Manasc Isaac’s environmental technology takes the forefront in the Alberta Boilers Safety Association Building photoset, with the ABSA employee break room at the front of the images. The room’s tall ceilings and exposed lumber are not solely aesthetic considerations—the wood is locally sourced, while the dark furniture and recycled carpeting provides contrast (personal communication, June 2, 2014). However, it is the high-tech flooring featured in the second image of the set that is impressive. The vent system is a modular zone control heating and cooling system with electrical capability that is almost entirely in-floor, with access gained simply by lifting the floor panel (Schell, personal communication, July 16, 2014). Normally, extension cords or renovations would be required to accommodate alterations in layout. With this specialized flooring, there is dramatically reduced waste in the event of repairs or reorganization. The entire HVAC (Heating, Ventilation, and Air Conditioning) system operates on this principle, allowing for the running of extra vents and reprogramming of the system as needed during extremely cold winters or exceedingly hot summers. Finally, the sloped sides of the exterior not only give the audience a perspective on the exterior, but also highlight how simple design elements, in this case the slope of the walls and roof, are effective in mitigating weather variations. The sloped design reduces the amount of sunlight taken from directly above during longer summer days, but captures more during short winter days, thereby reducing cooling costs during the summer and heating costs during the winter.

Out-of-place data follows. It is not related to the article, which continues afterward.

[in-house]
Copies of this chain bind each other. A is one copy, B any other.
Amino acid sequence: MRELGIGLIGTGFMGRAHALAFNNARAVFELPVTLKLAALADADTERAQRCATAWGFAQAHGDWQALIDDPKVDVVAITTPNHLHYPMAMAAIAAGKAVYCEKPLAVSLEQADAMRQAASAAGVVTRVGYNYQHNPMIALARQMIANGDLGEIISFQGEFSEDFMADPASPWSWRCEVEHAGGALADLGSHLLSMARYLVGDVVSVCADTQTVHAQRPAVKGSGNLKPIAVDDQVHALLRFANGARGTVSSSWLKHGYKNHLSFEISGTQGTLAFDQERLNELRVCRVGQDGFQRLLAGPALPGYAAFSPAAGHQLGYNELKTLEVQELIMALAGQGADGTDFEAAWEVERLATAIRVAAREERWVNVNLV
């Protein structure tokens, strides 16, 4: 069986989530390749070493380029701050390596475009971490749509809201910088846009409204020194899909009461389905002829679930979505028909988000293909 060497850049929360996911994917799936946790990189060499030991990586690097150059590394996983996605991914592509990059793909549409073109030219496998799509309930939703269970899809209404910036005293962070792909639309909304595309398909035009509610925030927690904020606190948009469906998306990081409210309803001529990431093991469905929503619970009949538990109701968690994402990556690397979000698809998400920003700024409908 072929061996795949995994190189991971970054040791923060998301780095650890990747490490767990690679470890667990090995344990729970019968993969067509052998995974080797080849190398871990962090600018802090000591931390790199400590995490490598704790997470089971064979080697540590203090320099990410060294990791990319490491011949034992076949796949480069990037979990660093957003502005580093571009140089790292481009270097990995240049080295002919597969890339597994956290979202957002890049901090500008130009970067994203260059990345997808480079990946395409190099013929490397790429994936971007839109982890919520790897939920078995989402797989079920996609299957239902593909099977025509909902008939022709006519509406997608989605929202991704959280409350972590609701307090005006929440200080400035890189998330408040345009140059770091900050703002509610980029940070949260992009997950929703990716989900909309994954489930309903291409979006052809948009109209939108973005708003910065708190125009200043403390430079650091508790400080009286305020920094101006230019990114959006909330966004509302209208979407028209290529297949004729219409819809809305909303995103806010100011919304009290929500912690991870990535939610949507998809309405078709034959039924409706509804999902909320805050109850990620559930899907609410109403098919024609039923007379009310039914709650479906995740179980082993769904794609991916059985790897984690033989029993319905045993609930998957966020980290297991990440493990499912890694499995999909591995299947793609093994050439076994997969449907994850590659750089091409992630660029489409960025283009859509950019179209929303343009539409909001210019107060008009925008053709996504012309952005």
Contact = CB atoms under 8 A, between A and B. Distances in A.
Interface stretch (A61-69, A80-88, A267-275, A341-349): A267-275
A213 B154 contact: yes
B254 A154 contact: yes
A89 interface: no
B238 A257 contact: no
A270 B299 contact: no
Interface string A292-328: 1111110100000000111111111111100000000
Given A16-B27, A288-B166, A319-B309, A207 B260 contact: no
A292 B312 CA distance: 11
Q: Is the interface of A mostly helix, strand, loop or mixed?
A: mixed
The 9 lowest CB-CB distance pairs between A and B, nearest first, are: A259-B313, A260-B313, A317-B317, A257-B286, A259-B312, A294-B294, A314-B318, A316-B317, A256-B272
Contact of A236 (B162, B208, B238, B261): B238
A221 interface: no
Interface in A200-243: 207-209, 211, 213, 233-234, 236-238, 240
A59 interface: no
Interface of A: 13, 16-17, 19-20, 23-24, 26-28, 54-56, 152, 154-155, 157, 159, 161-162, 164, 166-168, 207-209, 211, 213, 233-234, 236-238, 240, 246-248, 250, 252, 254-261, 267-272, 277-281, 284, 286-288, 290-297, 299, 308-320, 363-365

All these divergent ideas culminate in the final set of photos from the Servus Credit Union, a building that represents Manasc Isaac’s design aesthetic and sustainable practices, as well as is uniquely suited to the photographers’ individual styles. While other locations show how Manasc Isaac reused materials and furnishings whenever possible, in the case of Servus Credit Union’s Edmonton Corporate Centre, the entire building was repurposed (personal communication, June 2, 2014). It is truly exemplary of the company’s dedication to deconstruction over demolition. Manasc Isaac cut out the congested interior, while windows and skylights allow natural sunlight in throughout the day. Although customer privacy and sensitive information issues proscribed shooting in certain areas of the bank, the photoset remains exemplary of what Manasc Isaac seeks to achieve. The opening image of the Servus set conveys all these ideas in one clean image; an open interior where there was once a crowded core of concrete and cubicles, accentuated with angular contours and bright natural light. The building is also Silver LEED In addition to documenting this environmental achievement, the photographers focused on the specialized exterior siding tile system. The tiles can be removed and replaced individually, eliminating costly waste in the event of damage, and can be reused on other projects in the unlikely event of a building tear down. Additionally, green panels beneath the windows capture the designers’ aesthetics and environmental conscientiousness, while the bright blue sky accentuated with clouds once again serves as a negative space for the entire structure (personal communication, June 2, 2014).